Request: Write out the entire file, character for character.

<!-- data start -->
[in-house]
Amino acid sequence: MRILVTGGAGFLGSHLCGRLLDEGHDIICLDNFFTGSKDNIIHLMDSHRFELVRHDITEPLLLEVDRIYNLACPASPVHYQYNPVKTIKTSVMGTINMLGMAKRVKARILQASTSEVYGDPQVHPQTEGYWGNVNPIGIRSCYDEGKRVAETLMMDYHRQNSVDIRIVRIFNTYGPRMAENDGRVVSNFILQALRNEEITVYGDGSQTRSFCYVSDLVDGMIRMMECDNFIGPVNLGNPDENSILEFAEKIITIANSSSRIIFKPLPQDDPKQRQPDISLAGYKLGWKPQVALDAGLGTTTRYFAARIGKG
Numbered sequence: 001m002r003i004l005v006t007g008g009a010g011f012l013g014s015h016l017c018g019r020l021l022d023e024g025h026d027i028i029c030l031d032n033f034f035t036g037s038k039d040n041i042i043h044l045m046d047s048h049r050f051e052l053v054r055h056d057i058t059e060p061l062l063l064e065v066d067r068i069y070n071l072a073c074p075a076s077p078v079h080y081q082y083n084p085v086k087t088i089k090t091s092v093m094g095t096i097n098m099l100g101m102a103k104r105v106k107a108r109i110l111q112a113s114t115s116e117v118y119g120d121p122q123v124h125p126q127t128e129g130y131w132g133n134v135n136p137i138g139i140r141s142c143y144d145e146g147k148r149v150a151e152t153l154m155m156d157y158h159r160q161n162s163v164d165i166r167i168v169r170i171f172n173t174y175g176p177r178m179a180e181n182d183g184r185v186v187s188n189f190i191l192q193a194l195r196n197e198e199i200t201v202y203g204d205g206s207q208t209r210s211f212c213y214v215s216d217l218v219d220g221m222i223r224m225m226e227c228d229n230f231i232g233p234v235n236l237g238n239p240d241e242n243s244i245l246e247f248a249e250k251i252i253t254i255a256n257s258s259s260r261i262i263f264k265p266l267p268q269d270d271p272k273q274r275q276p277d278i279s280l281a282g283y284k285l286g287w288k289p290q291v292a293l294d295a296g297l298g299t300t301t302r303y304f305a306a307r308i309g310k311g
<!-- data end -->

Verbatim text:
[in-house]
Amino acid sequence: MRILVTGGAGFLGSHLCGRLLDEGHDIICLDNFFTGSKDNIIHLMDSHRFELVRHDITEPLLLEVDRIYNLACPASPVHYQYNPVKTIKTSVMGTINMLGMAKRVKARILQASTSEVYGDPQVHPQTEGYWGNVNPIGIRSCYDEGKRVAETLMMDYHRQNSVDIRIVRIFNTYGPRMAENDGRVVSNFILQALRNEEITVYGDGSQTRSFCYVSDLVDGMIRMMECDNFIGPVNLGNPDENSILEFAEKIITIANSSSRIIFKPLPQDDPKQRQPDISLAGYKLGWKPQVALDAGLGTTTRYFAARIGKG
Numbered sequence: 001m002r003i004l005v006t007g008g009a010g011f012l013g014s015h016l017c018g019r020l021l022d023e024g025h026d027i028i029c030l031d032n033f034f035t036g037s038k039d040n041i042i043h044l045m046d047s048h049r050f051e052l053v054r055h056d057i058t059e060p061l062l063l064e065v066d067r068i069y070n071l072a073c074p075a076s077p078v079h080y081q082y083n084p085v086k087t088i089k090t091s092v093m094g095t096i097n098m099l100g101m102a103k104r105v106k107a108r109i110l111q112a113s114t115s116e117v118y119g120d121p122q123v124h125p126q127t128e129g130y131w132g133n134v135n136p137i138g139i140r141s142c143y144d145e146g147k148r149v150a151e152t153l154m155m156d157y158h159r160q161n162s163v164d165i166r167i168v169r170i171f172n173t174y175g176p177r178m179a180e181n182d183g184r185v186v187s188n189f190i191l192q193a194l195r196n197e198e199i200t201v202y203g204d205g206s207q208t209r210s211f212c213y214v215s216d217l218v219d220g221m222i223r224m225m226e227c228d229n230f231i232g233p234v235n236l237g238n239p240d241e242n243s244i245l246e247f248a249e250k251i252i253t254i255a256n257s258s259s260r261i262i263f264k265p266l267p268q269d270d271p272k273q274r275q276p277d278i279s280l281a282g283y284k285l286g287w288k289p290q291v292a293l294d295a296g297l298g299t300t301t302r303y304f305a306a307r308i309g310k311g